The nation of Haiti shares the island of Hispanola with the Dominican Republic. The D.R. is a lush fertile country, rich in agricultural production. Haiti, on the other hand, is unable to feed itself, having destroyed its environment and ruined its soil.
I can’t imagine that any group of people have ever more mismanaged and abused their environment than have the Haitians. Ignorance and corruption have turned what was once a prosperous agricultural society into a land filled with starving and malnourished people.
All the blame for this doesn’t fall on the Haitian people, or even the criminals who have controlled their government since the country was founded. Foreigners aiming to help Haiti have, despite most often being well-intentioned, actually worsened the situation by encouraging unsustainable practices and by trying to integrate Haiti into the “global economy.” Whatever the benefits of industrialization and large scale agribusiness may be elsewhere, they are counterproductive unless the society is first able to meet its basic needs, like supplying its own food and water.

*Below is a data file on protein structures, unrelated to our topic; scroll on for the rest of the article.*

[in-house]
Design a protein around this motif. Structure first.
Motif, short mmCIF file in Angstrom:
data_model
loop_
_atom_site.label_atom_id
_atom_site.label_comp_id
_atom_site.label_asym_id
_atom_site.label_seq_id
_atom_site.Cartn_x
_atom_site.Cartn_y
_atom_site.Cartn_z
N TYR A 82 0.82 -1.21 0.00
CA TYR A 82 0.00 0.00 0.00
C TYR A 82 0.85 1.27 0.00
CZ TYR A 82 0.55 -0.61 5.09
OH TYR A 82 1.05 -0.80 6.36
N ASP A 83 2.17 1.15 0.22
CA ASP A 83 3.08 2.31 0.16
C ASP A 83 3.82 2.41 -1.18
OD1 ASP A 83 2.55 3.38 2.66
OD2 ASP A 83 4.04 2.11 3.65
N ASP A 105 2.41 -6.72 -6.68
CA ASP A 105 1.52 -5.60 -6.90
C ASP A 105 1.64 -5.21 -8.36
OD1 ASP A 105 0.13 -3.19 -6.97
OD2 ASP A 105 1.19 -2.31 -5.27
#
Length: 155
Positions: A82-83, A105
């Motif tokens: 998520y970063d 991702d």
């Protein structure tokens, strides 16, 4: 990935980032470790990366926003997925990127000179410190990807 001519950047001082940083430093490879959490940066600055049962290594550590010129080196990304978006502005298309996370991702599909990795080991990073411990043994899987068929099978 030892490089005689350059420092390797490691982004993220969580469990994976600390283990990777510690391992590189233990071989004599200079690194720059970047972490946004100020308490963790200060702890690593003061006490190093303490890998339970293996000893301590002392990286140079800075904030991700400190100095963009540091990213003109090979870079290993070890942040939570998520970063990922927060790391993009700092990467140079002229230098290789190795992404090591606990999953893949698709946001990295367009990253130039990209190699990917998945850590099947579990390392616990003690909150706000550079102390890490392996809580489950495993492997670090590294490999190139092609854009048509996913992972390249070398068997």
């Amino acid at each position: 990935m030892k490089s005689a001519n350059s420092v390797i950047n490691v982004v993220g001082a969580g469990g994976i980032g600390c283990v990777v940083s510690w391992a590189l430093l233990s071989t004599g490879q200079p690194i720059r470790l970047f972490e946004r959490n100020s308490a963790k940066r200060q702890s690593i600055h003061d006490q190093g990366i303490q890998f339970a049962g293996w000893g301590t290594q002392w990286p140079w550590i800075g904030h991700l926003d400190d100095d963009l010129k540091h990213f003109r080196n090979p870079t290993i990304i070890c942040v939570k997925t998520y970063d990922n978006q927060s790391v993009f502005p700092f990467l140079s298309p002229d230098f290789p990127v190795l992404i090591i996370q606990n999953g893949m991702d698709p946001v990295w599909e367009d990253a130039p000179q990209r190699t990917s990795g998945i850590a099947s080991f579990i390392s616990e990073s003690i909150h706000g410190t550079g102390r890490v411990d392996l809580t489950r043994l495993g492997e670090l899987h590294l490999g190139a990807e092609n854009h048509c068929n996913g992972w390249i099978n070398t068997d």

But regardless of what has caused their agricultural problems, Haitians need to fix them. To do so, they must learn and employ basic sustainable agricultural practices.
We met a Haitian agronomist/pastor named Daniel Paul who runs an orphanage in Ouanaminthe. Pastor Daniel studied agriculture before going to seminary, and he understands how to care for the soil and how to farm it responsibly. His little plot of land, surrounded as it is by a veritable wasteland, is like an Eden. He is producing a surplus of healthy food, feeding his kids and selling the remainder in the market.
If folks all over Haiti would begin to follow his example, Haiti could once again produce enough food to feed itself. And safe, nutritious food would help reverse the rampant disease and malnutrition that plagues Haiti.
Cherie and I are hoping to help Danita’s Children begin to grow their own food. We hope that not only will the kids there have the benefit of the nutritious food, but that they’ll break their dependency upon the D.R., and that they’ll take the skills they learn out into Haiti as they leave and start families.
We dream of gardens popping up all over Haiti, overflowing with food.
We dream of the day when little Haitian kids won’t be saying, “Mwen grangou.”
We heard that a lot when we were in Haiti.
In Creole it means, “I’m hungry.”